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Continuous Analytical Measurement - Conductivity Measurement - Page 3

Article Index
Continuous Analytical Measurement - Conductivity Measurement
Dissociation and Ionization in Aqueous Solutions
Two-Electrode Conductivity Probes
Four-Electrode Conductivity Probes
Electrodeless Conductivity Probes
Two-electrode conductivity probes

Conductivity is measured by an electric current passed through the solution. The most primitive form of conductivity sensor (sometimes referred to as a conductivity cell ) consists of two metal electrodes inserted in the solution, connected to a circuit designed to measure conductance (G), the reciprocal of resistance (1/R):

 

 

 

The following photograph shows such direct-contact style of conductivity probe, consisting of stainless steel electrodes contacting the fluid flowing through a glass tube:

 

 

The conductance measured by a direct-contact conductivity instrument is a function of plate geometry (surface area and distance of separation) as well as the ionic activity of the solution. A simple increase in separation distance between the probe electrodes will result in a decreased conductance measurement (increased resistance R) even if the liquid solution’s ionic properties do not change. Therefore, conductance (G) is not particularly useful as an expression of liquid conductivity.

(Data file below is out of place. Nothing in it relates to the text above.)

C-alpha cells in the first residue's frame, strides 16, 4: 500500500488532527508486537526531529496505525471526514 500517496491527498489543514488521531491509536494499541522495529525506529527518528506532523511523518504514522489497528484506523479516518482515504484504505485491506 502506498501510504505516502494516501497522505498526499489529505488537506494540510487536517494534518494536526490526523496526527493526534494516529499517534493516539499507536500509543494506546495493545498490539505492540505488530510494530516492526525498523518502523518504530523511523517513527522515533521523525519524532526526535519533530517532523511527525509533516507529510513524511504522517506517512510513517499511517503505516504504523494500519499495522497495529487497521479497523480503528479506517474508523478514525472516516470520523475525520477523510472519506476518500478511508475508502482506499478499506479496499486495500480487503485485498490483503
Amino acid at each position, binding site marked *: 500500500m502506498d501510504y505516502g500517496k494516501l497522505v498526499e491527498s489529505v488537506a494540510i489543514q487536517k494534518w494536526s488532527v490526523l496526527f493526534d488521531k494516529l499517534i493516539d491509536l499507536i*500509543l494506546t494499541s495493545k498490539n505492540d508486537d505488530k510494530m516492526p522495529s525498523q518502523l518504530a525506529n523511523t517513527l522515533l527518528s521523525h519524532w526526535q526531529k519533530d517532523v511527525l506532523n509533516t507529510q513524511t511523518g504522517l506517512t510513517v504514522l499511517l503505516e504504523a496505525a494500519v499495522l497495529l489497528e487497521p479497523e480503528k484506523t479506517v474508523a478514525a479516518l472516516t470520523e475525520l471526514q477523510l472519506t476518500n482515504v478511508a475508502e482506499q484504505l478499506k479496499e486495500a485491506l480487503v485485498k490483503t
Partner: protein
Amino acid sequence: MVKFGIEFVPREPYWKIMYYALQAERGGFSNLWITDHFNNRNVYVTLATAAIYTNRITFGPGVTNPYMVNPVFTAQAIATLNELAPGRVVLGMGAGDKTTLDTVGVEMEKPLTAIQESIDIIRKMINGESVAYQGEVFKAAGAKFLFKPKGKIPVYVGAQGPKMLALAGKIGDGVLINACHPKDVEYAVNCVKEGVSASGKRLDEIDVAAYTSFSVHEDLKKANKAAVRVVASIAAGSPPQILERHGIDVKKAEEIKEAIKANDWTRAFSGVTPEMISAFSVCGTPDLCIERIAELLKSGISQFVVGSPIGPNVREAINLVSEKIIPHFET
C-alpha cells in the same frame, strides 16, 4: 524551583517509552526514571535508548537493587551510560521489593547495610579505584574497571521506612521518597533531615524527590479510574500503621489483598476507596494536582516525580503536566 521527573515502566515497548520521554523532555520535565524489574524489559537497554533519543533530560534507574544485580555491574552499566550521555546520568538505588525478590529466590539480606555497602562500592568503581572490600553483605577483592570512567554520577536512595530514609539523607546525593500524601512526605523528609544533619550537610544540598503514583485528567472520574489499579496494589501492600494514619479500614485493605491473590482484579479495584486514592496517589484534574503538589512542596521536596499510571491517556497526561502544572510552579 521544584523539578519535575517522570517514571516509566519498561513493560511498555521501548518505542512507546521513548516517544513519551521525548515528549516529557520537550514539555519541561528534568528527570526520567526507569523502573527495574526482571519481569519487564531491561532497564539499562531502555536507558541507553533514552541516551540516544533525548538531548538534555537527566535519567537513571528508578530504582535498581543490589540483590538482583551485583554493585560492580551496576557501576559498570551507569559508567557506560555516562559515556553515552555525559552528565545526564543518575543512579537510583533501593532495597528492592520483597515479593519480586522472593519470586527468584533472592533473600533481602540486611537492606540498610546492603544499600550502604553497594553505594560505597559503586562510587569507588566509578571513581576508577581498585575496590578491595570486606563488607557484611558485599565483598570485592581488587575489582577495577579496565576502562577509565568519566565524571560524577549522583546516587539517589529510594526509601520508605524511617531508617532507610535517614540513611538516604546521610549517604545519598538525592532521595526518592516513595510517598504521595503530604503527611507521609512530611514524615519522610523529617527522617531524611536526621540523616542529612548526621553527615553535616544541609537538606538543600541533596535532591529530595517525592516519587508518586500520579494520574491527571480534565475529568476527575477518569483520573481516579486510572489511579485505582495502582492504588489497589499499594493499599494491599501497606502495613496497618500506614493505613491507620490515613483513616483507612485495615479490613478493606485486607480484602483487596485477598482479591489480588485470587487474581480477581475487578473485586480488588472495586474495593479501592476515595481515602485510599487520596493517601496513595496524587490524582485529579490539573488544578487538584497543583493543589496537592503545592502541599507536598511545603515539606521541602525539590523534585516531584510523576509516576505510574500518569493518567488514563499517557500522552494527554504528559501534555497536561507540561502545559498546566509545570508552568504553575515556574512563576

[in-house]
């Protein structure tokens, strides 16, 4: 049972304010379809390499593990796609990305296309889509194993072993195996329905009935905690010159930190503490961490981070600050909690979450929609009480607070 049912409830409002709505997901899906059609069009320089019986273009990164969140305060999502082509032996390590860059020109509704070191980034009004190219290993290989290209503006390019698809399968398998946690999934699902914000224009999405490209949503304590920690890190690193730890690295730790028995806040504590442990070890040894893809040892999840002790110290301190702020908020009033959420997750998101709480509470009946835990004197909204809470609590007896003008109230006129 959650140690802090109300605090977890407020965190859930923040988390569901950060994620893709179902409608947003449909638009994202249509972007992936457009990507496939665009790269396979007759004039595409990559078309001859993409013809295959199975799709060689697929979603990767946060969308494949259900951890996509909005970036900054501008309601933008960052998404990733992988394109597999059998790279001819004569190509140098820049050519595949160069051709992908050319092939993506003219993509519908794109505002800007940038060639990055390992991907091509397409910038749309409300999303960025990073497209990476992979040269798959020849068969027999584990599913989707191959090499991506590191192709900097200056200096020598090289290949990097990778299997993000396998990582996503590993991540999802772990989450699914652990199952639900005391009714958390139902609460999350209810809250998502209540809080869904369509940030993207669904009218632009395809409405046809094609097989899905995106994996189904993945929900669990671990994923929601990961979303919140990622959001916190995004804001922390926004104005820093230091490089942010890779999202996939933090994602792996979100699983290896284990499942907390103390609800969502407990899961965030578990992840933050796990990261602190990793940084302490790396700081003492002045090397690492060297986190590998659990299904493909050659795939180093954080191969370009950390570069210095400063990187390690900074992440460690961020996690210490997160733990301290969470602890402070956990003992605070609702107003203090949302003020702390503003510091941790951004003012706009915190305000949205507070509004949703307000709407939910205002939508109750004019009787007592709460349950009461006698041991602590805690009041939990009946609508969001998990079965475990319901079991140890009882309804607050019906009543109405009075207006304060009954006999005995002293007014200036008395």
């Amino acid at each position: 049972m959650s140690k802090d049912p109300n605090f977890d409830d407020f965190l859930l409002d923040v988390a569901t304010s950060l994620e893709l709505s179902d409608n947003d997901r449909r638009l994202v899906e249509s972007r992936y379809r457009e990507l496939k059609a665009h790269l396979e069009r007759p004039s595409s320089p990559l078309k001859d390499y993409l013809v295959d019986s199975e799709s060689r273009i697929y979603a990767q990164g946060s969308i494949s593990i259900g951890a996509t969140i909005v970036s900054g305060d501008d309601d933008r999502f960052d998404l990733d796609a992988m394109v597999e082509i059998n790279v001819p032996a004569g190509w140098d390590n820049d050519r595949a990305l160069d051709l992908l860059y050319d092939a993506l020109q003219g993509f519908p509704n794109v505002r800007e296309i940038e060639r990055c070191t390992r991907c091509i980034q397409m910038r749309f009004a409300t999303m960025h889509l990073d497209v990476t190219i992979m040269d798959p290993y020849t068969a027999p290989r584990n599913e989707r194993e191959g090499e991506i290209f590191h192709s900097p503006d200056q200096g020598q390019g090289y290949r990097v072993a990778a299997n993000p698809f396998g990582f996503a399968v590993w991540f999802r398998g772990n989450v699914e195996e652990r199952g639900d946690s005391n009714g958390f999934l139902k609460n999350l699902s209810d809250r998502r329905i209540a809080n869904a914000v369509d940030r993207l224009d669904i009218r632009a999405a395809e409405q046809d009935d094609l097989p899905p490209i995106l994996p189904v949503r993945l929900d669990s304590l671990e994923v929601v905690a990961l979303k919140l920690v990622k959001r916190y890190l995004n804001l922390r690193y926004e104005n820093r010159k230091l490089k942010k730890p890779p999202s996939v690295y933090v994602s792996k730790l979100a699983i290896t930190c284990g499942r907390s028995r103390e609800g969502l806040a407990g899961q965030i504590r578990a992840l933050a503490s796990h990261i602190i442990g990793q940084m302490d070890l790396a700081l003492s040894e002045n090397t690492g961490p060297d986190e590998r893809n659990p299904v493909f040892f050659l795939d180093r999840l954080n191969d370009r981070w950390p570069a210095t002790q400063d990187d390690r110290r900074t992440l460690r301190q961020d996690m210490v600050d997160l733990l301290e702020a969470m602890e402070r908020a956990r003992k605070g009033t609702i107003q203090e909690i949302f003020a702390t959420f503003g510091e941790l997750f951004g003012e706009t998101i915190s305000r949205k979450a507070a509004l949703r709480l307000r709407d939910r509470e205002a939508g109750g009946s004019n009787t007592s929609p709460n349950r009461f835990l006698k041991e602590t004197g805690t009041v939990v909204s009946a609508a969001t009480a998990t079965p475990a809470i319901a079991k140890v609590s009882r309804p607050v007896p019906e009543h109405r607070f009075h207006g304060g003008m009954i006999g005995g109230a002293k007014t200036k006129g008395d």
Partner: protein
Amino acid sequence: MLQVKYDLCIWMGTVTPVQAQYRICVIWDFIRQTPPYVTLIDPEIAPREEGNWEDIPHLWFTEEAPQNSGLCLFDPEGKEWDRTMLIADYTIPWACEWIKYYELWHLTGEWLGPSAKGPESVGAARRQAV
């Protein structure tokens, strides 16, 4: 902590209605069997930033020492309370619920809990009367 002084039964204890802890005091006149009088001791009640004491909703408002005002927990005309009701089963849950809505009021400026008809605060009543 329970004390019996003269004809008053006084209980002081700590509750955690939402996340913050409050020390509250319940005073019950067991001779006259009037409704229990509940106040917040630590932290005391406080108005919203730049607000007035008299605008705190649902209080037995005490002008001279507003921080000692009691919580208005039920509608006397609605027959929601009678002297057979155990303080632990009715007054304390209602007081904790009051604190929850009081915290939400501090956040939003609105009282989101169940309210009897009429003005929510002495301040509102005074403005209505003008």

The mathematical relationship between conductance (G), plate area (A), plate distance (d), and the actual conductivity of the liquid (k) is expressed in the following equation4:


 

Where,

G = Conductance, in Siemens (S)

k = Specific conductivity of liquid, in Siemens per centimeter (S/cm)

A = Electrode area (each), in square centimeters (cm2)

d = Electrode separation distance, in centimeters (cm)

 

The unit of Siemens per centimeter may seem odd at first, but it is necessary to account for all the units present in the variables of the equation. A simple dimensional analysis proves this:

 

For any particular conductivity cell, the geometry may be expressed as a ratio of separation distance to plate area, usually symbolized by the lower-case Greek letter Theta (θ), and always expressed in the unit of inverse centimeters (cm1):


 

Re-writing the conductance equation using θ instead of A and d, we see that conductance is the quotient of conductivity k and the cell constant θ:


 

Where,

G = Conductance, in Siemens (S)

k = Specific conductivity of liquid, in Siemens per centimeter (S/cm)

θ = Cell constant, in inverse centimeters (cm-1)

 

Manipulating this equation to solve for conductivity (k) given electrical conductance (G) and cell constant (θ), we have the following result:


 

Two-electrode conductivity cells are not very practical in real applications, because mineral and metal ions attracted to the electrodes tend to “plate” the electrodes over time forming solid, insulating barriers on the electrodes. While this “electroplating” action may be substantially reduced by using AC instead of DC5 to excite the sensing circuit, it is usually not enough. Over time, the conductive barriers formed by ions bonded to the electrode surfaces will create calibration errors by making the instrument “think” the liquid is less conductive than it actually is.

 

4This equation bears a striking similarity to the equation for resistance of metal wire: , where l is the length of a wire sample, A is the cross-sectional area of the wire, and ρ is the specific resistance of the wire metal.

5The use of alternating current forces the ions to switch directions of travel many times per second, thus reducing the chance they have of bonding to the metal electrodes.

 



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